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Mitigating grass/weeds on a large scale planting

 
laurie branson
Posts: 35
Location: SW Washington. zone 8a
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Hi Stefan and thanks so much for being here! I can't wait to see the film. I was completely enthralled with the YouTube video and want to model my permaculture orchard after yours. Unfortunately before we saw your video and before we took geoff lawton's online PDC, we put in a 275' long swale at the top of our 24 acre property and planted 14 fruit trees (apple, plum, pear, peach, quince, nectarine) in the berm which is a bit steep. Following Michael Phillips' Holistic Orchard recommendations, we put about 2' - 3' of pea gravel around each tree and chipped 2" or less alder branches around the gravel extending another 3' or so. I cover cropped with crimson clover and an annual rye on the rest of the berm and planted out various sages and rosemary with the plan to add a whole lot more herbs, berries, etc.... Frost ended up killing most of the herbs (I planted them out too early) and the pasture grasses took over the berm. This is a property we are building everything from scratch and on weekends (we currently live 2+ hours away) and these trees are in our zone 3/bordering zone 2. We've tried to be diligent, but have too much going on and are trying to figure out the best way to mitigate the situation. It seems overwhelming at this point to get all of the pasture grasses/weeds out so we can plant the comfrey, herbs, berries, etc... We have been able to keep the pea gravel and wood mulched areas under control, this is the area between the trees. Right now we are just weed whacking the grasses down. Sheet mulching comes to mind, but it is a lot of ground to cover and a lot of material to haul up to the top of the hill, when we are really trying to focus our efforts on getting zone 1 under control, but if that is the best way we will do it. Needless to say, we see the err of our ways - we should have completely planted the berm out when it was bare, but any advice/recommendations on how to get this under control would be greatly appreciated!
 
Stefan Sobkowiak
permaculture orchardist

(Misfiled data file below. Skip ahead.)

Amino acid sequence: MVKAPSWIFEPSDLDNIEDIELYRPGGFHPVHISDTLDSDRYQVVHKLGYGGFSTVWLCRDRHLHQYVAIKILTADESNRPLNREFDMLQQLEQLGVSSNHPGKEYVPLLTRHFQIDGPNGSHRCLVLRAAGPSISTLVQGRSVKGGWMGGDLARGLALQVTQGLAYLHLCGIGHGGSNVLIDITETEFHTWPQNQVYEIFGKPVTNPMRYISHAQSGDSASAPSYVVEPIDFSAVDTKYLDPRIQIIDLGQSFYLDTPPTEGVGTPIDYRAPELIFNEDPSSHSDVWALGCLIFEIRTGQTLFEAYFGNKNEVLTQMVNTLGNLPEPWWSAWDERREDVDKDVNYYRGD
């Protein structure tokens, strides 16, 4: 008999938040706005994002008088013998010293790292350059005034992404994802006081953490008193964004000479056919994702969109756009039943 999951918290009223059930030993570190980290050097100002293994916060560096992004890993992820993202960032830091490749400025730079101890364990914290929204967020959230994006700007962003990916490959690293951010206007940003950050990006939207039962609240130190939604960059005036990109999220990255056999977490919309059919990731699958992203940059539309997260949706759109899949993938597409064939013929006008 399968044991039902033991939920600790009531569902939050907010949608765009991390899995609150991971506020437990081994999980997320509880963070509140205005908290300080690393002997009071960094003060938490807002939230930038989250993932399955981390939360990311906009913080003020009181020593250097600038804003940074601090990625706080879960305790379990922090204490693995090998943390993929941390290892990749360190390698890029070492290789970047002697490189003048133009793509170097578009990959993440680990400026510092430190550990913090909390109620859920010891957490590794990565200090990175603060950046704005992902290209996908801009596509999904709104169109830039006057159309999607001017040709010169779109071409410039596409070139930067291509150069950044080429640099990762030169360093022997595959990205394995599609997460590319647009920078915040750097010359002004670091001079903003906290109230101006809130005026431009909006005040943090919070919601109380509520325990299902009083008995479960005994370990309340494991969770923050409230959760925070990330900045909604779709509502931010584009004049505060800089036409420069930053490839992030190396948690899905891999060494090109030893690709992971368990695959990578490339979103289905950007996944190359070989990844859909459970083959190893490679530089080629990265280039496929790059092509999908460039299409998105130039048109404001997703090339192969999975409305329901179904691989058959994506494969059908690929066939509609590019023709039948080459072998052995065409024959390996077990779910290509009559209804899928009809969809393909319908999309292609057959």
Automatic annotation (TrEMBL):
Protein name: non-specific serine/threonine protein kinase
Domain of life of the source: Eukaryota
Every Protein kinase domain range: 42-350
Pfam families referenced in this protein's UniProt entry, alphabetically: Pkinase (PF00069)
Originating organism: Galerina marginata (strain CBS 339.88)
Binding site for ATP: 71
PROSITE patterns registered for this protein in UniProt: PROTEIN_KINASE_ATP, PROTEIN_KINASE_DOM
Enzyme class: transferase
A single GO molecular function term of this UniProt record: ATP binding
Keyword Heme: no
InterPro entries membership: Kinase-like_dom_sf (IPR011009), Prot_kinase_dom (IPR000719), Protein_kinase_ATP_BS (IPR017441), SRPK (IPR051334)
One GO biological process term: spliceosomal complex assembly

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laurie branson wrote:Hi Stefan and thanks so much for being here! I can't wait to see the film. I was completely enthralled with the YouTube video and want to model my permaculture orchard after yours. Unfortunately before we saw your video and before we took Geoff Lawton's online PDC, we put in a 275' long swale at the top of our 24 acre property and planted 14 fruit trees (apple, plum, pear, peach, quince, nectarine) in the berm which is a bit steep. Following Michael Phillips' Holistic Orchard recommendations, we put about 2' - 3' of pea gravel around each tree and chipped 2" or less alder branches around the gravel extending another 3' or so. I cover cropped with crimson clover and an annual rye on the rest of the berm and planted out various sages and rosemary with the plan to add a whole lot more herbs, berries, etc.... Frost ended up killing most of the herbs (I planted them out too early) and the pasture grasses took over the berm. This is a property we are building everything from scratch and on weekends (we currently live 2+ hours away) and these trees are in our zone 3/bordering zone 2. We've tried to be diligent, but have too much going on and are trying to figure out the best way to mitigate the situation. It seems overwhelming at this point to get all of the pasture grasses/weeds out so we can plant the comfrey, herbs, berries, etc... We have been able to keep the pea gravel and wood mulched areas under control, this is the area between the trees. Right now we are just weed whacking the grasses down. Sheet mulching comes to mind, but it is a lot of ground to cover and a lot of material to haul up to the top of the hill, when we are really trying to focus our efforts on getting zone 1 under control, but if that is the best way we will do it. Needless to say, we see the err of our ways - we should have completely planted the berm out when it was bare, but any advice/recommendations on how to get this under control would be greatly appreciated!